“It is better for you that I go. For if I do not go, the Advocate will not come to you” (John 16:9).
Acts 16:23-34; John 16:5-11
Jesus’ departure completed his human sojourn in history, the limited experience all of us will have in this world. Death is part of the human condition, and Jesus of Nazareth was like us in all things in embracing that condition. But the mystery begins here. Because Jesus is the Christ, death could not silence or exclude him from history, and in his risen life He is now timeless, present and active within his followers, the church. But this requires that we accept the torch he is passing to us. There is no Plan B.
In the Farewell Discourses, Jesus tells his disciples that his new presence with them through the Advocate cannot begin until he departs. They want him to stay as he is, the Jesus they have known as their master and teacher. They are grief-stricken at the thought of life without him. They are totally dependent on him as their leader. Yet, this is precisely the transition they, as his followers, must accept for their own mission to begin. He has prepared them and promised to empower them by his Spirit to continue his ministry in the world.
We feel their anxiety as they huddle in the upper room, or their hesitation at the Ascension when they stand looking up the sky. They lack confidence as they return to Jerusalem to pray for the Spirit. They have yet to understand that Jesus has gone ahead of them into the world, and after the Spirit comes at Pentecost, they will experience his power as they carry out his mission. But none of this will happen unless Jesus departs.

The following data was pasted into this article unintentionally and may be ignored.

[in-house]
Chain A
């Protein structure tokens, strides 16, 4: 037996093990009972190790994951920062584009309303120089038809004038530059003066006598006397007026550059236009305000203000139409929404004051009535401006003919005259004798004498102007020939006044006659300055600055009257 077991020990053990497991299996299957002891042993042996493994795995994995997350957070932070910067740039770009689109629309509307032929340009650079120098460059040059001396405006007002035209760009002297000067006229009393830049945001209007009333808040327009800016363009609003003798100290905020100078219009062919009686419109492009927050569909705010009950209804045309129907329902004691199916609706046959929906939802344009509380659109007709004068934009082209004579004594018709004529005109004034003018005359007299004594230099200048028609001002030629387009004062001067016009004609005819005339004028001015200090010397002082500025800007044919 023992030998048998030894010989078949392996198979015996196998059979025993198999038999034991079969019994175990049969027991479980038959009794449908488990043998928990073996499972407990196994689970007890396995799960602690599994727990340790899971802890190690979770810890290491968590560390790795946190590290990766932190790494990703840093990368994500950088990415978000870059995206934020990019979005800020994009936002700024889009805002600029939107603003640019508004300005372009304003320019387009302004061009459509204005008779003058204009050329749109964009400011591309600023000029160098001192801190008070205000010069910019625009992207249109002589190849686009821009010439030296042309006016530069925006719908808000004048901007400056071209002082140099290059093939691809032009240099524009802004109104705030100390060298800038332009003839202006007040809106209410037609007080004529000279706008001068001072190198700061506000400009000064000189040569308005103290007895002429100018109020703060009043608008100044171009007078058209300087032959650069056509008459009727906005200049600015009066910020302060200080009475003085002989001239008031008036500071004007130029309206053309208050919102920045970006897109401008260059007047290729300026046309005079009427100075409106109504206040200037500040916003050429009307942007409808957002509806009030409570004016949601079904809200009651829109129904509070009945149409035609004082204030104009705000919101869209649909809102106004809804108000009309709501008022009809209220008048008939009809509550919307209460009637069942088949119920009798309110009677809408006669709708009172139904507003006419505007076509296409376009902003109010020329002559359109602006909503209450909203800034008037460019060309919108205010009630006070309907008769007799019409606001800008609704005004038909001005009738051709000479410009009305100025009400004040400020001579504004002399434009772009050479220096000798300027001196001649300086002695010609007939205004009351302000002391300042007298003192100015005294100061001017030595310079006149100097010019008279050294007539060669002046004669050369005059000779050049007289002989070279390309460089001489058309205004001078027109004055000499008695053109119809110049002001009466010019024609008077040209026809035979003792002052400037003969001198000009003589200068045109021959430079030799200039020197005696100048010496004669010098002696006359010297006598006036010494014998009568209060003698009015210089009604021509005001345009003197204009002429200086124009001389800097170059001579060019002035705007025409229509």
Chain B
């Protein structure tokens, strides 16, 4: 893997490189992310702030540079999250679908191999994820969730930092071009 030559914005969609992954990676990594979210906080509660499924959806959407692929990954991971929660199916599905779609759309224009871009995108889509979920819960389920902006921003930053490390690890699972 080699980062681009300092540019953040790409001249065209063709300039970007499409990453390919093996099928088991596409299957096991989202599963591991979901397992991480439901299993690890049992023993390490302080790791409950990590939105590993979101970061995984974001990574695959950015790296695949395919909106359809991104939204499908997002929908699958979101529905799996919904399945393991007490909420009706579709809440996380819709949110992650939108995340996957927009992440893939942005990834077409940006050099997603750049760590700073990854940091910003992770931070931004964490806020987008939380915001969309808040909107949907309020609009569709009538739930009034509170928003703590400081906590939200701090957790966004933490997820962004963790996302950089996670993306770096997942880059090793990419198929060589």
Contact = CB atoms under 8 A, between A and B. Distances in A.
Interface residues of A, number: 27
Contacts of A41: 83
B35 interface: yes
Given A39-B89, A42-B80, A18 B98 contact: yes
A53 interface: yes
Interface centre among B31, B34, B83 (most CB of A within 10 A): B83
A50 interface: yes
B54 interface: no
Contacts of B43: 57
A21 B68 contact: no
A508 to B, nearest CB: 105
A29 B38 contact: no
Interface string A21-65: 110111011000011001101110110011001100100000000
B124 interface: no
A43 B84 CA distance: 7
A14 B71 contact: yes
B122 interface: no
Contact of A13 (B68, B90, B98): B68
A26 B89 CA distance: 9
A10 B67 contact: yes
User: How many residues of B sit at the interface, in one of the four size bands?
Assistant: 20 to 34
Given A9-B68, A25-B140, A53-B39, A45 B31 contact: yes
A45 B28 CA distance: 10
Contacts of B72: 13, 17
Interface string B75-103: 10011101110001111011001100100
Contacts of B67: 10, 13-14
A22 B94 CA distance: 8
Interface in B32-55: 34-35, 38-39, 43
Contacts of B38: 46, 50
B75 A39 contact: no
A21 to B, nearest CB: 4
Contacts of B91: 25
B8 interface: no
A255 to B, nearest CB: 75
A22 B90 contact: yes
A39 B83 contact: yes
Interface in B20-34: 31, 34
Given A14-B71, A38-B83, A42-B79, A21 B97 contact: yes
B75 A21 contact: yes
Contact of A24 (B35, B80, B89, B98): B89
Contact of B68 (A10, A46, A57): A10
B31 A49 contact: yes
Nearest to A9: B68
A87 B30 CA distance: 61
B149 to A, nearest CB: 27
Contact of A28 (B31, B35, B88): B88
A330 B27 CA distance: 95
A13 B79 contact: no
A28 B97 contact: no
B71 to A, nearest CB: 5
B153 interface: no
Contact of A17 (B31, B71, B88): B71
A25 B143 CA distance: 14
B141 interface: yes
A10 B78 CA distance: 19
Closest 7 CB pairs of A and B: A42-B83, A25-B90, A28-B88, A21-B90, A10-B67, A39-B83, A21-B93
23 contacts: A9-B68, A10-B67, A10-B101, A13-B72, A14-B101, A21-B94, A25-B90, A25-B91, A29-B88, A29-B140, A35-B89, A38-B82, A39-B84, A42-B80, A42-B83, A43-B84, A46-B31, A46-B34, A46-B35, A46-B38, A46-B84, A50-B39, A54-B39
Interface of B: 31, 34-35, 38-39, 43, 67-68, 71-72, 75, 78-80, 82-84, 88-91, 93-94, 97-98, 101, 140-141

In the same sense, this is our dilemma. Do we trust that Jesus is in the world through us? Do we dare to be other Christs? Or would we rather enshrine him, pray to him, stand looking up to heaven for his return, than do what he commanded us, which is to take up his mission to announce God’s Good News, to show his compassion for others, to dare to speak the truth to power and to live his example of mercy and reconciliation in a divided and fearful world?
Our celebration of Easter leads us forward to the Ascension and then to Pentecost. We are now the followers of Jesus in the world. We are his human hands and feet, his face and his voice announcing the Gospel to the poor, setting captives free, giving sight to the blind, lifting burdens from the oppressed. But we know our inadequacy to extend his mission. So, like the first disciples, we are called to fast and pray and to offer our weakness and our emptiness to be filled by the Holy Spirit. Everything has led us to this crucial moment of transfer and trust. If we ask for the promised Advocate, when God calls, as every prophet before us has done, we are to say, “Here I am.”